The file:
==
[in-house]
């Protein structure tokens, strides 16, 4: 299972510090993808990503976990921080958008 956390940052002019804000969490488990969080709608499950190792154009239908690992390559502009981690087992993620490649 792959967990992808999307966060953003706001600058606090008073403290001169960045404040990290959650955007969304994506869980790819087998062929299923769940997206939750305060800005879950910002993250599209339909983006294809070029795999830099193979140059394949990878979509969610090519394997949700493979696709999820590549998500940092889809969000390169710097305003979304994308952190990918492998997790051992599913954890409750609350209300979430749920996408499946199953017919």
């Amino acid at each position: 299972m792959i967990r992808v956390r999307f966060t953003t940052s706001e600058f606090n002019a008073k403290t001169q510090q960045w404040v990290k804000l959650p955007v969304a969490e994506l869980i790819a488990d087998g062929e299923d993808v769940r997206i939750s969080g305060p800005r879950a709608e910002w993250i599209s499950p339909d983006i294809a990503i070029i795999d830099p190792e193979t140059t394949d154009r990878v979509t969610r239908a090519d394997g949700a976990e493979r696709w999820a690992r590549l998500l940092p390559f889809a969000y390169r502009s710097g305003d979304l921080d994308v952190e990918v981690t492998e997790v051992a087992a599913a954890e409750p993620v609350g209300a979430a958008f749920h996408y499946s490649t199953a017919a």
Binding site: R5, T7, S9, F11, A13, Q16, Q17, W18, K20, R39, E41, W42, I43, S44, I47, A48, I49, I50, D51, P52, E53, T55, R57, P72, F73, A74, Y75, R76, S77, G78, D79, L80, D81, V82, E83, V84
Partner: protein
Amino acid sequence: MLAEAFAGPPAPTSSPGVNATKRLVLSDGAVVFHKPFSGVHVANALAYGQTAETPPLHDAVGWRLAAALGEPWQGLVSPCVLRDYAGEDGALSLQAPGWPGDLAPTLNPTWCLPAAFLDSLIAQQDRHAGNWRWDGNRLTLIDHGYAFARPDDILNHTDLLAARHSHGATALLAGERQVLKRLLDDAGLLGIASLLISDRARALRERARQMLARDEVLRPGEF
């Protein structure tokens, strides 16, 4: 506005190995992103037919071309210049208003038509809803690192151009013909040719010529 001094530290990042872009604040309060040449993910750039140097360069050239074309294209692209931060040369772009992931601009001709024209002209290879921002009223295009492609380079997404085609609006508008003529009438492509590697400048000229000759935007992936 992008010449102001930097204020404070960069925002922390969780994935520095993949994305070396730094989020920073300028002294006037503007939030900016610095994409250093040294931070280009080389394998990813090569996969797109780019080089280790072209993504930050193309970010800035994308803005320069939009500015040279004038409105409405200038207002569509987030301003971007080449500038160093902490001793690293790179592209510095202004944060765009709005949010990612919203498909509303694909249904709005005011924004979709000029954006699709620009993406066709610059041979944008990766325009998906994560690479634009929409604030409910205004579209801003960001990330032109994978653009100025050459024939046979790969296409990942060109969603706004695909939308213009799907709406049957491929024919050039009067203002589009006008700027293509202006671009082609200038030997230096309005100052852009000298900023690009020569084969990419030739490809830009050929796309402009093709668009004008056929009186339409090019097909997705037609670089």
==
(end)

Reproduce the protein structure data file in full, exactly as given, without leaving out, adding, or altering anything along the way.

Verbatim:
[in-house]
């Protein structure tokens, strides 16, 4: 299972510090993808990503976990921080958008 956390940052002019804000969490488990969080709608499950190792154009239908690992390559502009981690087992993620490649 792959967990992808999307966060953003706001600058606090008073403290001169960045404040990290959650955007969304994506869980790819087998062929299923769940997206939750305060800005879950910002993250599209339909983006294809070029795999830099193979140059394949990878979509969610090519394997949700493979696709999820590549998500940092889809969000390169710097305003979304994308952190990918492998997790051992599913954890409750609350209300979430749920996408499946199953017919």
């Amino acid at each position: 299972m792959i967990r992808v956390r999307f966060t953003t940052s706001e600058f606090n002019a008073k403290t001169q510090q960045w404040v990290k804000l959650p955007v969304a969490e994506l869980i790819a488990d087998g062929e299923d993808v769940r997206i939750s969080g305060p800005r879950a709608e910002w993250i599209s499950p339909d983006i294809a990503i070029i795999d830099p190792e193979t140059t394949d154009r990878v979509t969610r239908a090519d394997g949700a976990e493979r696709w999820a690992r590549l998500l940092p390559f889809a969000y390169r502009s710097g305003d979304l921080d994308v952190e990918v981690t492998e997790v051992a087992a599913a954890e409750p993620v609350g209300a979430a958008f749920h996408y499946s490649t199953a017919a």
Binding site: R5, T7, S9, F11, A13, Q16, Q17, W18, K20, R39, E41, W42, I43, S44, I47, A48, I49, I50, D51, P52, E53, T55, R57, P72, F73, A74, Y75, R76, S77, G78, D79, L80, D81, V82, E83, V84
Partner: protein
Amino acid sequence: MLAEAFAGPPAPTSSPGVNATKRLVLSDGAVVFHKPFSGVHVANALAYGQTAETPPLHDAVGWRLAAALGEPWQGLVSPCVLRDYAGEDGALSLQAPGWPGDLAPTLNPTWCLPAAFLDSLIAQQDRHAGNWRWDGNRLTLIDHGYAFARPDDILNHTDLLAARHSHGATALLAGERQVLKRLLDDAGLLGIASLLISDRARALRERARQMLARDEVLRPGEF
């Protein structure tokens, strides 16, 4: 506005190995992103037919071309210049208003038509809803690192151009013909040719010529 001094530290990042872009604040309060040449993910750039140097360069050239074309294209692209931060040369772009992931601009001709024209002209290879921002009223295009492609380079997404085609609006508008003529009438492509590697400048000229000759935007992936 992008010449102001930097204020404070960069925002922390969780994935520095993949994305070396730094989020920073300028002294006037503007939030900016610095994409250093040294931070280009080389394998990813090569996969797109780019080089280790072209993504930050193309970010800035994308803005320069939009500015040279004038409105409405200038207002569509987030301003971007080449500038160093902490001793690293790179592209510095202004944060765009709005949010990612919203498909509303694909249904709005005011924004979709000029954006699709620009993406066709610059041979944008990766325009998906994560690479634009929409604030409910205004579209801003960001990330032109994978653009100025050459024939046979790969296409990942060109969603706004695909939308213009799907709406049957491929024919050039009067203002589009006008700027293509202006671009082609200038030997230096309005100052852009000298900023690009020569084969990419030739490809830009050929796309402009093709668009004008056929009186339409090019097909997705037609670089």